In this process the coast and shelves and ocean all interact with one another in complicated ways. But things may be becoming more complicated because of climate change. Melting sea ice creates more open water near the coast for winds to create waves over shallow Arctic shelves. These more turbulent seas can intensify the erosion of coastlines. Rougher waters reach down and stir up the sediments on shelves, so that more chemicals are released and carried up and away into the ocean by currents.
To predict how these shifts will affect the chemistry of the Arctic Ocean, we need to measure these complex interactions and find ways to monitor changes. That isn’t easy to do, especially over large shelf areas. But, luckily, I had just the tool for the job.
Radium is a naturally occurring radioactive element discovered in 1898 by Marie Curie. All soil, rocks, and sediments contain radium. It also dissolves in salty water, so ocean waters pick up radium when they wash over continental shelves or brush against coastlines. That makes radium an excellent tracer to track land-based materials in the open ocean. We can track where it came from, and determine how long ago it left the shelf.
If we find high levels of radium in seawater in the open ocean, it tells us that the water touched the shelf recently. It also allows us to trace other important chemical compounds that likely were also added to the ocean from shelf sediments at the same time as the radium. These include essential nutrients that are carried up to the surface and sustain life there.
Radium was my element of choice, but many scientists were aboard the Healy to study a wide range of chemicals. The cruise was part of the international GEOTRACES program, aimed at measuring elements and chemical tracers in the world’s oceans to understand their current distributions and to provide a baseline to assess future chemical changes.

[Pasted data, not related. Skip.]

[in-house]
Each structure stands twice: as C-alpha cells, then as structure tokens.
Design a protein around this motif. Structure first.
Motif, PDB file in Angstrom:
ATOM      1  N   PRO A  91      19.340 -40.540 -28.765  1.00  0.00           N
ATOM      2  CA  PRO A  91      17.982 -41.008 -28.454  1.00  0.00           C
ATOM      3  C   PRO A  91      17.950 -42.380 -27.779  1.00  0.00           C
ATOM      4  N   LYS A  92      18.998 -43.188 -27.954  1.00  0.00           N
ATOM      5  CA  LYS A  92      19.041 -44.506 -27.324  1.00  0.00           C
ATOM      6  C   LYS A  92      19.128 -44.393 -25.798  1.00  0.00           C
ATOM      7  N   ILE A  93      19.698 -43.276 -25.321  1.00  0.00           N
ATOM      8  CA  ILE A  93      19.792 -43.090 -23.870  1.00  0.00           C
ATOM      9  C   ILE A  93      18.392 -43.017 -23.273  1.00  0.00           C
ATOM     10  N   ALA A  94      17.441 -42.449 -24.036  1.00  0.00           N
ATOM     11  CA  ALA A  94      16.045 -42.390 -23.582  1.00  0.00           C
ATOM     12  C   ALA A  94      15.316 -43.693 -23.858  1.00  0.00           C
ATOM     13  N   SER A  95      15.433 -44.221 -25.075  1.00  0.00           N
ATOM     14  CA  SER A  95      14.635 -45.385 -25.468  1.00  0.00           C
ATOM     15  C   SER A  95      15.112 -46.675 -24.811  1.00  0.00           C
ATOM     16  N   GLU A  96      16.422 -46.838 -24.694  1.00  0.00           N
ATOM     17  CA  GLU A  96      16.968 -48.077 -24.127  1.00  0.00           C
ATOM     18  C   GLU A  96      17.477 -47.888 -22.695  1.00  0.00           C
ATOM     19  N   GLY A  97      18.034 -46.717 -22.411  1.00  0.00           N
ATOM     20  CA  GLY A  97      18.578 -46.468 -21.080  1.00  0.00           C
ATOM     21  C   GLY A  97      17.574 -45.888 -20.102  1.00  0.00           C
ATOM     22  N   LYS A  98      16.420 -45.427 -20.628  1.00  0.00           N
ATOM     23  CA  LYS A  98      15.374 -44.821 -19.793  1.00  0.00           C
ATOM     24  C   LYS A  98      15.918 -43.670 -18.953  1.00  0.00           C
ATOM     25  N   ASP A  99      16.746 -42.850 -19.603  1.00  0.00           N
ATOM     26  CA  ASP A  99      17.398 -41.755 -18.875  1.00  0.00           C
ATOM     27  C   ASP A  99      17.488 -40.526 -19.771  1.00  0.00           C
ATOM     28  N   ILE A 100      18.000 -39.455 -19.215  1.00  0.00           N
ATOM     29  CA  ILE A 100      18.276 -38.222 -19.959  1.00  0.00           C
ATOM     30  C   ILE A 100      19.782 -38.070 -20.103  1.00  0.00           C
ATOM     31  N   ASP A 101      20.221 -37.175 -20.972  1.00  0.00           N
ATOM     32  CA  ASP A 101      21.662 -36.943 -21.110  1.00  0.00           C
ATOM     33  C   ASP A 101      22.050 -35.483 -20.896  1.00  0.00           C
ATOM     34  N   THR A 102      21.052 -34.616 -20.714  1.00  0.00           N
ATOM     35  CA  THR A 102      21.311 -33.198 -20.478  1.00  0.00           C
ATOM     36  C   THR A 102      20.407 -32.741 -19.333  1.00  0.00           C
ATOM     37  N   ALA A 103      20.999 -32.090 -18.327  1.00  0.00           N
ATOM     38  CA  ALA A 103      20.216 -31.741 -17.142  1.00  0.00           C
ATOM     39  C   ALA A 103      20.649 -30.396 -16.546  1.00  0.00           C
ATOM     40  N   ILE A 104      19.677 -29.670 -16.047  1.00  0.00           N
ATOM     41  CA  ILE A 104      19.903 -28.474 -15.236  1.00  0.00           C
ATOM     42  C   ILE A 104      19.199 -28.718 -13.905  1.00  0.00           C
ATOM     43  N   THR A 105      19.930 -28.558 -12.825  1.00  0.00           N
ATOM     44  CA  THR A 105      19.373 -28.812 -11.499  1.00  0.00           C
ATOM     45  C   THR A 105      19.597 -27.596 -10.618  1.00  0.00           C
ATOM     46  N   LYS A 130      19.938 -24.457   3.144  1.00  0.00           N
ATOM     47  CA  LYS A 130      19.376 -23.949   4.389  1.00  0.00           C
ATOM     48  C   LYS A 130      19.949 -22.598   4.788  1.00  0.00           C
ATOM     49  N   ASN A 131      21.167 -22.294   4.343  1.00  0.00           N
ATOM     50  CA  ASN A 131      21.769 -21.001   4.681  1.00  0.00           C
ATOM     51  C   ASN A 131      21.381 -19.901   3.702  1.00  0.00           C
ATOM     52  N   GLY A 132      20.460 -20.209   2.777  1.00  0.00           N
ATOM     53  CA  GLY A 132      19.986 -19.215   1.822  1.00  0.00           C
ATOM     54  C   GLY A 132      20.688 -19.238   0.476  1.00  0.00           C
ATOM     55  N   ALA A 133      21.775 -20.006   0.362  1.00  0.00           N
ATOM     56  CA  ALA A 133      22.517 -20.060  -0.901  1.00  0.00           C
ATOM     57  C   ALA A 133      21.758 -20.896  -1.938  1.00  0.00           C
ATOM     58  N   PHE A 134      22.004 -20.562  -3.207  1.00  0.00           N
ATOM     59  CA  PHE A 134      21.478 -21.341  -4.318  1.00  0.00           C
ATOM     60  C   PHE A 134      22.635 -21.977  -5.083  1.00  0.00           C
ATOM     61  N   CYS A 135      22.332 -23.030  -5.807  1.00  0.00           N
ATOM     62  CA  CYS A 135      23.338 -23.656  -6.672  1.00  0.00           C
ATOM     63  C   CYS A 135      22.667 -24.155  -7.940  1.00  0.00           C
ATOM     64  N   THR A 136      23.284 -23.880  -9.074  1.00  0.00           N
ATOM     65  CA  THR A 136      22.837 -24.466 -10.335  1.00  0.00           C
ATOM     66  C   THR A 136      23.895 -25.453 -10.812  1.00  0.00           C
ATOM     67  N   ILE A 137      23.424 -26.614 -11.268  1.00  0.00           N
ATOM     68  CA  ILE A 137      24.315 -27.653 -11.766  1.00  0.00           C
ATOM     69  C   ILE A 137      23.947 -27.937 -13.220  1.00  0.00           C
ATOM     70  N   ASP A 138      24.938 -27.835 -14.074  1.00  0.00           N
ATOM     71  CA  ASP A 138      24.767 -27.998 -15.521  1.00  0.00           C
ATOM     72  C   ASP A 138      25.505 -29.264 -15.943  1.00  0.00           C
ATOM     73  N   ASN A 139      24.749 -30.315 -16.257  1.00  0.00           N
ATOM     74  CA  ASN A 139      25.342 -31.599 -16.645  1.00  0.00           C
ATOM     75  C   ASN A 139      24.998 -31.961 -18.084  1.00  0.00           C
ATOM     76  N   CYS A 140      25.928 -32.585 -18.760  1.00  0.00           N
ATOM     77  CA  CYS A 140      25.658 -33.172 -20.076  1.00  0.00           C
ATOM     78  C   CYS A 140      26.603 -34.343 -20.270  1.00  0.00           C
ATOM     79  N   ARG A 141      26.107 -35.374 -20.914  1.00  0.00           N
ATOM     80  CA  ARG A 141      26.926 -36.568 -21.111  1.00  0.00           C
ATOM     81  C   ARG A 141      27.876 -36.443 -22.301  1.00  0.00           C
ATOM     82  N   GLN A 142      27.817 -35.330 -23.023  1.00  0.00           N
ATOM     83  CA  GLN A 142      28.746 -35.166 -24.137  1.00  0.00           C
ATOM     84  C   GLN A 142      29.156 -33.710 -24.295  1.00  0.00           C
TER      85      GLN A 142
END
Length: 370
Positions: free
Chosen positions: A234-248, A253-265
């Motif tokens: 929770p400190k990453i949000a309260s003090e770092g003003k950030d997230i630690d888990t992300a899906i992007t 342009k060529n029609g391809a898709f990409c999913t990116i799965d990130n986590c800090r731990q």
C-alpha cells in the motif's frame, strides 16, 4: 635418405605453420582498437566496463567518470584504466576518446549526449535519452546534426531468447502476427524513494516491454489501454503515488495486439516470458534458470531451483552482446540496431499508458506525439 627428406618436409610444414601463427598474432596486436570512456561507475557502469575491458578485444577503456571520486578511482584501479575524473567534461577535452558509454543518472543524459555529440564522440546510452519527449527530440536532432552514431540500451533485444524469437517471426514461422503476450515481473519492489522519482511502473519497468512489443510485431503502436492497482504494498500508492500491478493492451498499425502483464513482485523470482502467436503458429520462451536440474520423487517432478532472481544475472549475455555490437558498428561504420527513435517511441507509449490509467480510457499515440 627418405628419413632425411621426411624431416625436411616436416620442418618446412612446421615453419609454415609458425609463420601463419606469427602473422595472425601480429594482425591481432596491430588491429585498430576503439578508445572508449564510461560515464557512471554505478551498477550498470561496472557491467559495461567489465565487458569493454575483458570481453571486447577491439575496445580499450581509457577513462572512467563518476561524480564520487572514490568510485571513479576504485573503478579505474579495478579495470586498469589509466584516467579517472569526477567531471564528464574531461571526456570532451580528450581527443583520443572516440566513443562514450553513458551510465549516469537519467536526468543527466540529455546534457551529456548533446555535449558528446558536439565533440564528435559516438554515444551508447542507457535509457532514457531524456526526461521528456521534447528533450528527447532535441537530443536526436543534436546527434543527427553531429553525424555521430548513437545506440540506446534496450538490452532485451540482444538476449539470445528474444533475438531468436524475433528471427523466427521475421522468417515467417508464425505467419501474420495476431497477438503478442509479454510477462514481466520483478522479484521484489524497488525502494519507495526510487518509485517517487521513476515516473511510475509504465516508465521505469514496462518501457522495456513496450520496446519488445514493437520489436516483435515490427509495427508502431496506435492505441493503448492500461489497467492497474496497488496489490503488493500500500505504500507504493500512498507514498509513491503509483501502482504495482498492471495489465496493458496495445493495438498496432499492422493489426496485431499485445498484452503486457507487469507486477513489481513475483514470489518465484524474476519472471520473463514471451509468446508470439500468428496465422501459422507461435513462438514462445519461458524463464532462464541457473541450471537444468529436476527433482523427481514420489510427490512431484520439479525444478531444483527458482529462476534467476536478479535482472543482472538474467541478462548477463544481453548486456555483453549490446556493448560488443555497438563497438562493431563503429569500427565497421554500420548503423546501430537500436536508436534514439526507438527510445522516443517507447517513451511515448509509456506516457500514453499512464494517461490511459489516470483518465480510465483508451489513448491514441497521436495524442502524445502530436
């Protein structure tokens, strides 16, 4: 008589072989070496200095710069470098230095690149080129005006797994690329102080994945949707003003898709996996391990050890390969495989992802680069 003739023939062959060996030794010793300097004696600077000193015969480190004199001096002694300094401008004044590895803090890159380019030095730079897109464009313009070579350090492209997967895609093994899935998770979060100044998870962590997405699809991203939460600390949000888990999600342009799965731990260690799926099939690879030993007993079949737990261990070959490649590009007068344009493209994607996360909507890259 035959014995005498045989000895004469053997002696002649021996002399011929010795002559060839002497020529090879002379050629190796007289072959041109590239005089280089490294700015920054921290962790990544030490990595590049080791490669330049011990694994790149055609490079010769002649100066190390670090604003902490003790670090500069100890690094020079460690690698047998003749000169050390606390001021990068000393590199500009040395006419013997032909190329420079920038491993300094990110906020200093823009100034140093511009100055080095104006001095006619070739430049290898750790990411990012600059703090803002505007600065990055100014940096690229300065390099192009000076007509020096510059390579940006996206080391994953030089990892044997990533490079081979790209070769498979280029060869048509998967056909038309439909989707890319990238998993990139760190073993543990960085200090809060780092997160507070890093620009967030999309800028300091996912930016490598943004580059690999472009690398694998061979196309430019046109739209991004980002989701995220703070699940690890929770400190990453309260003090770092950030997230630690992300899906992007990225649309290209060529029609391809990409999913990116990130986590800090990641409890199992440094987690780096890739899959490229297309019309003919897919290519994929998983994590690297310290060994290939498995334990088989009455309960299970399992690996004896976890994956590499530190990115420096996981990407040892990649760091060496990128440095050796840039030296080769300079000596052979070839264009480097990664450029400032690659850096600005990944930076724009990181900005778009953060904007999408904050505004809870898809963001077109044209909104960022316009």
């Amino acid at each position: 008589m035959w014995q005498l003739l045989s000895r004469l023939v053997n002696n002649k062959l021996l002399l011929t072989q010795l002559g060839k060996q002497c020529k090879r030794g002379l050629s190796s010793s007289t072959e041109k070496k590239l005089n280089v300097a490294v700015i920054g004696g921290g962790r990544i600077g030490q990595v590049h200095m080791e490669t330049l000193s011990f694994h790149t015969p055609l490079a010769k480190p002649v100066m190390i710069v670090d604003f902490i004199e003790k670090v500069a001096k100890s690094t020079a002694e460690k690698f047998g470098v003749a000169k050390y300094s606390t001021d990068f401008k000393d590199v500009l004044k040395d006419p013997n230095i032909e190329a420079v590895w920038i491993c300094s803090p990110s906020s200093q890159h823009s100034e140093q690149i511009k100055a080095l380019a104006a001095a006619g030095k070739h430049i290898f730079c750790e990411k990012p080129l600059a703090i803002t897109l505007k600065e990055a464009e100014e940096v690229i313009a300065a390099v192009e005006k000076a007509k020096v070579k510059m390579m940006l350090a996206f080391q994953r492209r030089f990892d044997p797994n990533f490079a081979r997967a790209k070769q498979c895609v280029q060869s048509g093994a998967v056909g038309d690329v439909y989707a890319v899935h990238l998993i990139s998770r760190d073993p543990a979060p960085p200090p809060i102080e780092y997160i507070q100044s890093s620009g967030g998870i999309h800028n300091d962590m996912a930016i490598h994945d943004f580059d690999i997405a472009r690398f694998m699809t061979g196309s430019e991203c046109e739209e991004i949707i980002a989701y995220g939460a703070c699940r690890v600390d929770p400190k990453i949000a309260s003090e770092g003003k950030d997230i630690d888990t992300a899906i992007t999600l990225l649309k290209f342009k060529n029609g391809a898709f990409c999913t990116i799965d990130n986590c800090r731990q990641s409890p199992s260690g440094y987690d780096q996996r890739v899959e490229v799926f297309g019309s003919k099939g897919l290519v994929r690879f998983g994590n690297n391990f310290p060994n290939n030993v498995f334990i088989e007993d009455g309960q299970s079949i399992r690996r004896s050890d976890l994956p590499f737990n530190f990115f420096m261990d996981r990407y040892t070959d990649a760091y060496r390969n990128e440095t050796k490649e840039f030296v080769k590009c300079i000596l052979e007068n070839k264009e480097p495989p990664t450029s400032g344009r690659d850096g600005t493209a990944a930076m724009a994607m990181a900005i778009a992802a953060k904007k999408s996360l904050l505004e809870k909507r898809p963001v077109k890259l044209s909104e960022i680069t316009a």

Over our two-month voyage in the summer of 2015, I collected samples along the Healy ’s path through the Bering Strait, across the Chukchi Shelf, and through the Western Arctic all the way to the North Pole (where, of course, I paused to take a picture with the iconic red and white striped pole).
To measure the radium in Arctic waters, I used a pump to pull seawater up a hose draped over the side of the Healy. I filtered the water through acrylic fibers that were coated with manganese, which makes the fibers turn black, so they look like gorilla hair. The manganese acts like a sponge. It soaks up the radium from seawater as the water passes through the fibers.
The icebreaker stopped in 69 locations along the way, and at each sampling station, I concentrated the radium from hundreds of liters of seawater onto a bundle of fiber about the size of your cell phone. The fibers were then shipped back to the lab in Woods Hole to be analyzed.
I was surprised by what I found.
Because continental shelves are the source of radium, I expected to find the highest radium levels over the Chukchi Shelf. But when I measured my samples, I realized that there was actually more radium in the central Arctic, near the North Pole.